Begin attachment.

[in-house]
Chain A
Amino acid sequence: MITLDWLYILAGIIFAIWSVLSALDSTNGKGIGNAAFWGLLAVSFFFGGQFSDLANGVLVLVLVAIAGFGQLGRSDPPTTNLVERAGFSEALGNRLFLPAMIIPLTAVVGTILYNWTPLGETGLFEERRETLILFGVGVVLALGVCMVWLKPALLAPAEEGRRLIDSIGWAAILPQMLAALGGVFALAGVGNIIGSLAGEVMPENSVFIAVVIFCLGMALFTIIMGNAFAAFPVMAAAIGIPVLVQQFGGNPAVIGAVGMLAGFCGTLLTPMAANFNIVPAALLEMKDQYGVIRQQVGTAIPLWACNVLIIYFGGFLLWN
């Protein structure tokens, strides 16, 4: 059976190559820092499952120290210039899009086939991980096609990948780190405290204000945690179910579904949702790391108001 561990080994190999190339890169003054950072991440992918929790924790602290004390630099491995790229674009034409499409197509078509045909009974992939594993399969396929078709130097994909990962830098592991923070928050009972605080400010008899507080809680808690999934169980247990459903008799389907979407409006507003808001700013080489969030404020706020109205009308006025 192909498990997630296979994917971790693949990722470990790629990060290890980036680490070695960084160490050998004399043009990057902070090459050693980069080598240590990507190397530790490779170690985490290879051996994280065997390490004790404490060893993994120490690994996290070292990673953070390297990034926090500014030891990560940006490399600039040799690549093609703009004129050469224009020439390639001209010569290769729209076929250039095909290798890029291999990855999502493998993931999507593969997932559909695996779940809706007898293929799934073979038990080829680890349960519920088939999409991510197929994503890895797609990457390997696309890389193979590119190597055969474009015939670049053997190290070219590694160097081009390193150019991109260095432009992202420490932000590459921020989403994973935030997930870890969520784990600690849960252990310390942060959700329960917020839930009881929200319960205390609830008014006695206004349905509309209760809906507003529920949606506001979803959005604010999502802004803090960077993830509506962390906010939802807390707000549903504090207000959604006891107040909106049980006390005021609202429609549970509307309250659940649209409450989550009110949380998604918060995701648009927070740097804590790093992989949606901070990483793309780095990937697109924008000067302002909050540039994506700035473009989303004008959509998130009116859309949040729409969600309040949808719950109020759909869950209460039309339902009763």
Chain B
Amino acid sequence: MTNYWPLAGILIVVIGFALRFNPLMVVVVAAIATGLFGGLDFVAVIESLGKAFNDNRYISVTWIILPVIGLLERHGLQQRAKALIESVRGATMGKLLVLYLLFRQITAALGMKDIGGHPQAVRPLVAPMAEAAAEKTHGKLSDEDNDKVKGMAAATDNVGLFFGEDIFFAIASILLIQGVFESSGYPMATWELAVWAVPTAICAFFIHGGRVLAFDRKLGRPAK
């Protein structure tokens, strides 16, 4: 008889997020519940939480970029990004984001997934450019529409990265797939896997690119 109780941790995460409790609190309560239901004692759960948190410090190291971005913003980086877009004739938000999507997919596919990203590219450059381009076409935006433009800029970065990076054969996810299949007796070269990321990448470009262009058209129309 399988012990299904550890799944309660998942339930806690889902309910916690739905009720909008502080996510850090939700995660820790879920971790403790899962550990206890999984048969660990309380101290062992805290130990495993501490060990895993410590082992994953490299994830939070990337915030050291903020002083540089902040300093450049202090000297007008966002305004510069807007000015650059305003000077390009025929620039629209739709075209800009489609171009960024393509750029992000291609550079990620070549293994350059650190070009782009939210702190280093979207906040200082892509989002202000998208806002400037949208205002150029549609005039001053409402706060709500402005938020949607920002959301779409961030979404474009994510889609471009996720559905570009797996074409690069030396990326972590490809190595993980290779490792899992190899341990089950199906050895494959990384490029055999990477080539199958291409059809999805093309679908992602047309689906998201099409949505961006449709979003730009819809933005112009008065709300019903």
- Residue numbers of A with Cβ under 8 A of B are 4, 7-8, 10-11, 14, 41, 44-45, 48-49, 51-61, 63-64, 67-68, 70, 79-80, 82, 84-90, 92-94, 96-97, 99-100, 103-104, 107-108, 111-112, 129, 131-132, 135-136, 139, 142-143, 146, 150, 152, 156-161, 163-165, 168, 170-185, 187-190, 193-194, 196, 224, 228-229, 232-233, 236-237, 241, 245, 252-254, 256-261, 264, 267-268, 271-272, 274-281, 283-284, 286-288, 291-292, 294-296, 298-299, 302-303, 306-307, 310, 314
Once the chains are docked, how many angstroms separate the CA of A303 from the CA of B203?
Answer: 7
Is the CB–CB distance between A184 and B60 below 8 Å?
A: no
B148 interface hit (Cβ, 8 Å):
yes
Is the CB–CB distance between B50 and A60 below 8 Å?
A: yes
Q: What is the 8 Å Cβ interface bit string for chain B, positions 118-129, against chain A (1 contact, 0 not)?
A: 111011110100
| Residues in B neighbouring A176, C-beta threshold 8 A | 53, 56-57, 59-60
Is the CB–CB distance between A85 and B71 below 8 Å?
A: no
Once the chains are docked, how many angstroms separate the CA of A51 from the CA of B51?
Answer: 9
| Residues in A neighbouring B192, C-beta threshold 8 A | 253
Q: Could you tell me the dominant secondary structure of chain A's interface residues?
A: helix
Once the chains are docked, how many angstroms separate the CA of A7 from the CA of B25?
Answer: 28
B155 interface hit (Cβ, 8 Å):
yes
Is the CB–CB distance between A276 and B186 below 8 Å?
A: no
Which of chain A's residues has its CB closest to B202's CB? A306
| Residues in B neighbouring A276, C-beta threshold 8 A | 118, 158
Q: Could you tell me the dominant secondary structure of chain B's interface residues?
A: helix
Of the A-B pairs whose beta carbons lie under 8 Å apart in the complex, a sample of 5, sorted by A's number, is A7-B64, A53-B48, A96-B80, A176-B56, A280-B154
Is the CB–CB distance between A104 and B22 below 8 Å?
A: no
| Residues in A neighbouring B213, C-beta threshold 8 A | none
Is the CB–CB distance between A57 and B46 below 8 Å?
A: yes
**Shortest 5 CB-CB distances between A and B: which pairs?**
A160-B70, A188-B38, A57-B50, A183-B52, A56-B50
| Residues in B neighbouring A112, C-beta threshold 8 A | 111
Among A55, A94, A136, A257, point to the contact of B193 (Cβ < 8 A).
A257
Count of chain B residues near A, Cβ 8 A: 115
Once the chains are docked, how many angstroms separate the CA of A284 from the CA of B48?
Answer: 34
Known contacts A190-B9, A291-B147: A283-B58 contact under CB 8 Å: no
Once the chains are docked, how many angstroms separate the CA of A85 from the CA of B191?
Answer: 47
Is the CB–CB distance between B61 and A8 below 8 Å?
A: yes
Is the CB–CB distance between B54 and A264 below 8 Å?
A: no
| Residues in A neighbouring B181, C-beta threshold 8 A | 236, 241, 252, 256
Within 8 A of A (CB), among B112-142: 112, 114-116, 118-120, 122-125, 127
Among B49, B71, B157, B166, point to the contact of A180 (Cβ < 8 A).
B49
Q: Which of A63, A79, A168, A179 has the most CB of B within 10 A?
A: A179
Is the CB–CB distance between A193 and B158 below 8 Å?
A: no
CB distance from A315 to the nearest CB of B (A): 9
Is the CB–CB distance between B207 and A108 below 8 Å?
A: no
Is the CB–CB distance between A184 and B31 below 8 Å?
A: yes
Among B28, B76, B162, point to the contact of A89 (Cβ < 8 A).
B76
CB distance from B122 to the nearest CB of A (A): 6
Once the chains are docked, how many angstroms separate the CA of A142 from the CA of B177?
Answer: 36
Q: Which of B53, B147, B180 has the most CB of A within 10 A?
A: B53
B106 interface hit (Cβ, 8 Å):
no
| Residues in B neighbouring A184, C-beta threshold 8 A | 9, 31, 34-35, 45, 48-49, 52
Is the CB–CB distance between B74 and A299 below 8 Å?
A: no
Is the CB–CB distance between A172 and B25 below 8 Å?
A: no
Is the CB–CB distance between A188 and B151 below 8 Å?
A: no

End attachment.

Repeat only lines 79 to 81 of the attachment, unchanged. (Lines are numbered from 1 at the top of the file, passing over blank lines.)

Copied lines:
no
| Residues in B neighbouring A184, C-beta threshold 8 A | 9, 31, 34-35, 45, 48-49, 52
Is the CB–CB distance between B74 and A299 below 8 Å?